Vietnam is looking to renewable energy solutions to solve a growing power shortfall which is intensified by the dispute with Beijing over oil and gas reserves in the South China Sea.
Vietnamese electricity demand is growing by about 9 per cent a year while the economy grew by more than 7 per cent last year.
But Vietnam’s Prime Minister Nguyen Xuan Phuc has warned of power outages by 2021 that could threaten the booming economy’s energy-intensive manufacturing sector.
The Chinese challenge to reserves close to the Vietnamese coast is preventing Hanoi from developing lucrative fossil fuels.
“The potential sources of supply from Vietnam’s own domestic oil and gas reserves have met with challenges and delays, whether it’s the financial capacity of the national oil company to develop those resources, or maritime disputes and political tensions,” said Andrew Harwood of energy analysts Wood Mackenzie in Singapore. “There is concern over how Vietnam is going to meet its future energy needs.”
Several coal, fuel oil and hydropower projects have faced delays and, in 2016, Vietnam abandoned its nuclear energy programme.
Hanoi is now looking to import LNG (liquefied natural gas), which the US is trying to sell around the world after extracting large quantities of gas using the environmentally ruinous process of fracking.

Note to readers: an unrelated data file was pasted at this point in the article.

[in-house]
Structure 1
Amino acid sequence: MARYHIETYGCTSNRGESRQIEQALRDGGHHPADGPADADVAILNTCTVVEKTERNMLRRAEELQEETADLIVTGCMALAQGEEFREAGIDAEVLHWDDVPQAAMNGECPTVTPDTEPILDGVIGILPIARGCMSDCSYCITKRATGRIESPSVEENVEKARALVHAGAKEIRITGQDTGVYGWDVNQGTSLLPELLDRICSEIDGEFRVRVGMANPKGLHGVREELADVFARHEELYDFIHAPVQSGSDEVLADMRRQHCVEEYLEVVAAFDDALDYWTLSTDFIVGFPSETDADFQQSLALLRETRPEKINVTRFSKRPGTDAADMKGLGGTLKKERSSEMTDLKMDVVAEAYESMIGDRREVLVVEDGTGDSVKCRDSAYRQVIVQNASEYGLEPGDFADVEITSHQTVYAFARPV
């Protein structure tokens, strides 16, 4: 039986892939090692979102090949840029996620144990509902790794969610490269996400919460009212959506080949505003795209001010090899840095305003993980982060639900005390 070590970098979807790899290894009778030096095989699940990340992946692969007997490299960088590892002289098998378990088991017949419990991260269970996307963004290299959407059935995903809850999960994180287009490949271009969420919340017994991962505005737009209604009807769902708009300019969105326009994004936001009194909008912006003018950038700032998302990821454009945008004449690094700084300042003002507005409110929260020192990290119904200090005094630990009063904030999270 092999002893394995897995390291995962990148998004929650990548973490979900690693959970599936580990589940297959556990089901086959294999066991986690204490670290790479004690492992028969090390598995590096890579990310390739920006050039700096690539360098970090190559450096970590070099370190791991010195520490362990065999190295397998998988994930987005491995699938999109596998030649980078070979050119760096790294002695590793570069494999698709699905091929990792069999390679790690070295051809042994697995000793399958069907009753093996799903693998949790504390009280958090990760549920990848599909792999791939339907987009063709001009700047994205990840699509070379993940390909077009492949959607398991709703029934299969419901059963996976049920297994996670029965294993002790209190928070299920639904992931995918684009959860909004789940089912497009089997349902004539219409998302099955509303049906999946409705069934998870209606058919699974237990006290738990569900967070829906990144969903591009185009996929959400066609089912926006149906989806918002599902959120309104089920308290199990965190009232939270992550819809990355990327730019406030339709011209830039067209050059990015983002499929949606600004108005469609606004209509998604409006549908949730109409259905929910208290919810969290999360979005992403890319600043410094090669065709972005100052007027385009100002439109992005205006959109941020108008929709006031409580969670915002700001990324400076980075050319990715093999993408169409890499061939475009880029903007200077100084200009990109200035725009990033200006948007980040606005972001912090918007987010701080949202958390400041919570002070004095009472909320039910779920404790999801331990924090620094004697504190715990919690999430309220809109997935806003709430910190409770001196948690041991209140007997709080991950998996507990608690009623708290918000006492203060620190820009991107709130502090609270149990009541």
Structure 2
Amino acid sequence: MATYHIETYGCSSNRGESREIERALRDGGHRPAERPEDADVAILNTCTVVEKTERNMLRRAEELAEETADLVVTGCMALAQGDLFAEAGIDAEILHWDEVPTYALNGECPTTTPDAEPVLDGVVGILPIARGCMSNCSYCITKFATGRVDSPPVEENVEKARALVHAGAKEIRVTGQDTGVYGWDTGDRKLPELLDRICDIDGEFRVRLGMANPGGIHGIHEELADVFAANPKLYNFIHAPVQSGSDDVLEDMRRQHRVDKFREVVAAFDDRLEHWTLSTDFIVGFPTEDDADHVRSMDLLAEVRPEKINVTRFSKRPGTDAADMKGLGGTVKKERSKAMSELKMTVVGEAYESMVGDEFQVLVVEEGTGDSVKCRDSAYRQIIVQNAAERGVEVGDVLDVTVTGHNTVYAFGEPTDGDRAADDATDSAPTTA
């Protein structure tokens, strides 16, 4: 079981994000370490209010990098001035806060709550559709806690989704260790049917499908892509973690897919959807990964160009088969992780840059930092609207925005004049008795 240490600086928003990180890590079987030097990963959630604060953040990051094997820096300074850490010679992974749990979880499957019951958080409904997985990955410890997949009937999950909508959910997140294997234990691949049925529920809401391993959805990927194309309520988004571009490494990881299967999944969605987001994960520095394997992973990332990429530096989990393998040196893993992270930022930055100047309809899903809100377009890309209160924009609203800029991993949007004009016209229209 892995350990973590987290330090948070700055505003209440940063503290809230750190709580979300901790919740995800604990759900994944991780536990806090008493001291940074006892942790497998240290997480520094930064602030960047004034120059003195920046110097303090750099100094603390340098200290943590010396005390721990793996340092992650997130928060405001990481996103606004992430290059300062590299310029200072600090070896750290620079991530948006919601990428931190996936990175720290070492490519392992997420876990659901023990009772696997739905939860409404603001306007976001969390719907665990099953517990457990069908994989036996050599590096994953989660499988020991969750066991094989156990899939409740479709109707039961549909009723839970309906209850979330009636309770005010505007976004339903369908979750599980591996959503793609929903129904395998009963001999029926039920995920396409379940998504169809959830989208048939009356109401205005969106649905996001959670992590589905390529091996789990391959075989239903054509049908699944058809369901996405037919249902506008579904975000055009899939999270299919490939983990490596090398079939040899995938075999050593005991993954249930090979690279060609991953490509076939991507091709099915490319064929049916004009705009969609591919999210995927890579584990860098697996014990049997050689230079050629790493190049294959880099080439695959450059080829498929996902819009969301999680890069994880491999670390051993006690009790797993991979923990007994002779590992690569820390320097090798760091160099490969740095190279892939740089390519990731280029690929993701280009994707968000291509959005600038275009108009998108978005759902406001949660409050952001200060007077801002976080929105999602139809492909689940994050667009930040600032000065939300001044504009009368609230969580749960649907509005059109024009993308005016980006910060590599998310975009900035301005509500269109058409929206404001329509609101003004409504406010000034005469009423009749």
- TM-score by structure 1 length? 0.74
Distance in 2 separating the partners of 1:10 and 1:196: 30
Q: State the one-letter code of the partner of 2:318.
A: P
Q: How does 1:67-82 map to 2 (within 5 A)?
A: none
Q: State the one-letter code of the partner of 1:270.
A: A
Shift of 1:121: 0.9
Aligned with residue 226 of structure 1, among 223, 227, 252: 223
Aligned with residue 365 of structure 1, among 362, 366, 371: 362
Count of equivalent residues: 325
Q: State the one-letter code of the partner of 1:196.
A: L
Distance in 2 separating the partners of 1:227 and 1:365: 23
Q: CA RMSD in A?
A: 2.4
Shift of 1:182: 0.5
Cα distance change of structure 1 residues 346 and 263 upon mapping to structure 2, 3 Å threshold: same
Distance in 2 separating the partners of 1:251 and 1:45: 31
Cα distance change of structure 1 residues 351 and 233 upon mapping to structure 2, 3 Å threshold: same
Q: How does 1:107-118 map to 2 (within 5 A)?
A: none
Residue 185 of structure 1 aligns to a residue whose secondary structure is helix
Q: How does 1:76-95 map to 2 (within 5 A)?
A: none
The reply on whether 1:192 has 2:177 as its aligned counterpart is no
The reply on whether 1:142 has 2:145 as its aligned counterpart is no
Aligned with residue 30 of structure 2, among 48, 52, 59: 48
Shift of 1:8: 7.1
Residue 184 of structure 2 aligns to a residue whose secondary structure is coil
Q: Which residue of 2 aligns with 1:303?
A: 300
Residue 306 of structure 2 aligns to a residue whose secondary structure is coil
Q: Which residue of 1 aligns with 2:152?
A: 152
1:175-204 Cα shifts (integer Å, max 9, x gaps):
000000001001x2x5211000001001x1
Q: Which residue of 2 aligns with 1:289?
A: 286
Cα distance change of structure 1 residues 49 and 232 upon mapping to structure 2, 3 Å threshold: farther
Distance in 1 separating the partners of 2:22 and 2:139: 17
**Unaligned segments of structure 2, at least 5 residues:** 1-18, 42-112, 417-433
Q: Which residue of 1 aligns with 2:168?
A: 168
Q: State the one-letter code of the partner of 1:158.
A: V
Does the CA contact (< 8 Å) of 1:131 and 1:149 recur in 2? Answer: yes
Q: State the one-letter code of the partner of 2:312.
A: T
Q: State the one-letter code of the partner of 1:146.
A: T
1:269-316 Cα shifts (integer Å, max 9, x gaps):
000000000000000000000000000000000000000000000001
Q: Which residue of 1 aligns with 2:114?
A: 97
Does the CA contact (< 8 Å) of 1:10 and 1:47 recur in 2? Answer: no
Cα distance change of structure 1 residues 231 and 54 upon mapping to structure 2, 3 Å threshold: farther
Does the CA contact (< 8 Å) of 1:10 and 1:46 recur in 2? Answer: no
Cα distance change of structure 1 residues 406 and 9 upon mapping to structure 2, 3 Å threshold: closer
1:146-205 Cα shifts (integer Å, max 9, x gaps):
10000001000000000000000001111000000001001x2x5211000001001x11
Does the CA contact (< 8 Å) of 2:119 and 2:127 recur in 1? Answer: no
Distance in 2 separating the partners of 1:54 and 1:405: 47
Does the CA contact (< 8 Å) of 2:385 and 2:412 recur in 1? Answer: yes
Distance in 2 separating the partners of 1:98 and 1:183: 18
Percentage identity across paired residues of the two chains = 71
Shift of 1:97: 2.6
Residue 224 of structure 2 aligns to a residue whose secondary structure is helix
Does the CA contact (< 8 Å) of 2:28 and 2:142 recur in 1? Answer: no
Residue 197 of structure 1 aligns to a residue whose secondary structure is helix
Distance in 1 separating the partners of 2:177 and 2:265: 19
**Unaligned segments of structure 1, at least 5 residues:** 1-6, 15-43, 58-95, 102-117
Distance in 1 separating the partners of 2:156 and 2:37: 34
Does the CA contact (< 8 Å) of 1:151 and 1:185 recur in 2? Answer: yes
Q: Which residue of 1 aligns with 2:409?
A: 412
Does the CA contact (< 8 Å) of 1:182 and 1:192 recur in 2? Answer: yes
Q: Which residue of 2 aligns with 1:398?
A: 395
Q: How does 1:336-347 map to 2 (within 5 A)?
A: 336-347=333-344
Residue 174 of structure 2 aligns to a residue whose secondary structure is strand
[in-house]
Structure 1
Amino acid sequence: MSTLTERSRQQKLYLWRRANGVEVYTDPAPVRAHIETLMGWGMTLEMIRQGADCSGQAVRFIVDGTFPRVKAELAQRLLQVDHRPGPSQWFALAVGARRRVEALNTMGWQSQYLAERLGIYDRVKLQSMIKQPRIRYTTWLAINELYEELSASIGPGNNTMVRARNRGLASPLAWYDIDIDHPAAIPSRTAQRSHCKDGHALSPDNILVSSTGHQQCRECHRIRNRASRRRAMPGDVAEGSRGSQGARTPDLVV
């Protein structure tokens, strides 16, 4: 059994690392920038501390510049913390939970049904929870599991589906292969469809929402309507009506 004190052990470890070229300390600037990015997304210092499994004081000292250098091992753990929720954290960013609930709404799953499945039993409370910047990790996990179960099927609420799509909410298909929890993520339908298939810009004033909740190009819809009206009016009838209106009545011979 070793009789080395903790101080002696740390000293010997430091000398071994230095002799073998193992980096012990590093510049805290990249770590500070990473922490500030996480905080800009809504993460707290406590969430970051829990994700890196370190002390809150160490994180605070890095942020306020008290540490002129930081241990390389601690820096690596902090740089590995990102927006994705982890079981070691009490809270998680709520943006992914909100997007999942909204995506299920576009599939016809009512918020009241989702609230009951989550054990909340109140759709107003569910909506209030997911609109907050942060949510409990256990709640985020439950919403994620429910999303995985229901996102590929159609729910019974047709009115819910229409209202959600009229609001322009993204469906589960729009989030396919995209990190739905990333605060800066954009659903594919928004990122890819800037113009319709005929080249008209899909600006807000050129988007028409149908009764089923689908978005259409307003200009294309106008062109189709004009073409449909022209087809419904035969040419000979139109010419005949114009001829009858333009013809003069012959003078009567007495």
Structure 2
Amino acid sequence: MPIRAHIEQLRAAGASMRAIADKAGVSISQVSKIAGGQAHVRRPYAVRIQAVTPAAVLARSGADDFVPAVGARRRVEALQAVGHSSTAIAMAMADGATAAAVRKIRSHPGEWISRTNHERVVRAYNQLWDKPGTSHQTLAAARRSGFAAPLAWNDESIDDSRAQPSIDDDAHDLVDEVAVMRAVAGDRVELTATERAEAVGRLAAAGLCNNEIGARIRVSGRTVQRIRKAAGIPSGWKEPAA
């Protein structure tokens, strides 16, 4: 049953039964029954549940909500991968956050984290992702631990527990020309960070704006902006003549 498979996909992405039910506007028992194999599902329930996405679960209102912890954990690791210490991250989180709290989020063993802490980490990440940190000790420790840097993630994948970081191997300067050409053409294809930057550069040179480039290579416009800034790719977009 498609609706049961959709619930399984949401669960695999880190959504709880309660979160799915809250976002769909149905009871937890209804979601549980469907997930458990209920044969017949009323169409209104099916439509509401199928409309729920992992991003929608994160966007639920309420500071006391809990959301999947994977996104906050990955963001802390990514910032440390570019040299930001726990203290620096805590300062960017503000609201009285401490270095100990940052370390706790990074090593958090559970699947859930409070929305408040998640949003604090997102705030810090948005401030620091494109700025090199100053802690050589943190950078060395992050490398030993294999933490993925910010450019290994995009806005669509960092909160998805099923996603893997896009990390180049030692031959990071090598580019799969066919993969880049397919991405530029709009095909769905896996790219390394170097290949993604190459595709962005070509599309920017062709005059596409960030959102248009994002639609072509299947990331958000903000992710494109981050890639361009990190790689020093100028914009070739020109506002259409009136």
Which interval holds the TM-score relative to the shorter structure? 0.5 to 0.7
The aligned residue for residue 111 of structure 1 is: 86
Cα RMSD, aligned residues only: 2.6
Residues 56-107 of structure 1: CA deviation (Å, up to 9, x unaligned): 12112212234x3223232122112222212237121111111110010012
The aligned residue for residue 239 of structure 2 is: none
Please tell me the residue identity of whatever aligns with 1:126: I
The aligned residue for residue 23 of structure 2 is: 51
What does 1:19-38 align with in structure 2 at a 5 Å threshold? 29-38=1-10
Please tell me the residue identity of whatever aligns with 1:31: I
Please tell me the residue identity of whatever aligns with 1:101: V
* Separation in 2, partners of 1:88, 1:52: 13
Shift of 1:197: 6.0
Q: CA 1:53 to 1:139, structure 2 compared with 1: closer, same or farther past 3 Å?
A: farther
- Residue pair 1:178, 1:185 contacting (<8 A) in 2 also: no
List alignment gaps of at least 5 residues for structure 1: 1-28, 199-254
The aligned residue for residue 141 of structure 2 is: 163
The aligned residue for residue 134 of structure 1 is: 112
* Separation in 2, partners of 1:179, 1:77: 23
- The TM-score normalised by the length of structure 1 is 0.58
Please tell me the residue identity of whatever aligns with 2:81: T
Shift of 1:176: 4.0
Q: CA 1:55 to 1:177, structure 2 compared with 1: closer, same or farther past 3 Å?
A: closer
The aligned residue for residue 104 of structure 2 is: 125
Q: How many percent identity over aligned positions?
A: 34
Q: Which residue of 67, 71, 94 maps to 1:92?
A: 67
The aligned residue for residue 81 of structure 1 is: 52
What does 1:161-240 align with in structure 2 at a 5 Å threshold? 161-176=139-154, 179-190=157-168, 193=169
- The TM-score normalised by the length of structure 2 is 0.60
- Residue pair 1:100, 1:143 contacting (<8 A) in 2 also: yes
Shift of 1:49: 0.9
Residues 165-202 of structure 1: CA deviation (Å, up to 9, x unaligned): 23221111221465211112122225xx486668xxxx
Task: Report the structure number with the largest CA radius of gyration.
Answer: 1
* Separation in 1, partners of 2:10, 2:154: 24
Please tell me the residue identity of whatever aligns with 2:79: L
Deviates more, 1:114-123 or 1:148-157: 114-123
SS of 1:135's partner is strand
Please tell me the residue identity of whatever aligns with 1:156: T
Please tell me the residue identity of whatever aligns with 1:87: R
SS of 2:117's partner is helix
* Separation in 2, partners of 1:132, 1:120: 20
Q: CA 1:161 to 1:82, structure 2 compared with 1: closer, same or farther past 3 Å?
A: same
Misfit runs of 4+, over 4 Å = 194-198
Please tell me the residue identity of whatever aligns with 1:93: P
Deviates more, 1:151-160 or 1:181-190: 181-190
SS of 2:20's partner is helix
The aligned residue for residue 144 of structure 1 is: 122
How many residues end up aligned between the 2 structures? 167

But extensive re-gasification terminals will be needed on the Vietnamese coast to receive significant quantities of relatively expensive US LNG.
State-run PetroVietnam Gas and its partners reportedly plan to start building one of the country’s first LNG terminals at Thi Vai in southern Vietnam late next month.
The Thi Vai LNG installation is one of at least two new LNG import terminals under development that would make Vietnam Asean’s newest LNG importer.
The Thi Vai terminal is expected to be operational in late 2022 with an initial annual capacity of 1 million metric tonnes, which is due to triple after a year, according to PetroVietnam sources.
But the sun-kissed country is also investing heavily in photovoltaic technology, an area of development that has been neglected across Asean.
A US$391-million solar power plant has begun operation in Tay Ninh in the south of the country. It is Asean’s largest photovoltaic development.
Vietnam’s state-run power company, EVN, said by August more than 4,000 homes had rooftop photovoltaic panels fitted over the previous three months with a total capacity of 200 megawatts (MW). Another 300MW of capacity is due to be added by the end of the year.
“The rapid growth of the rooftop solar market in 2019 is a sign that the government has embraced a diversification of power generation, with increased emphasis on renewable energy as the solution,” said Gavin Smith, a renewable energy specialist at Dragon Capital in Ho Chi Minh City. “It remains to be seen if the rapid growth of renewable energy since 2018 will be enough to head off the risk of power cuts in the next three years.”
Vietnam has vast solar and tidal power potential. Picture credit: PXHere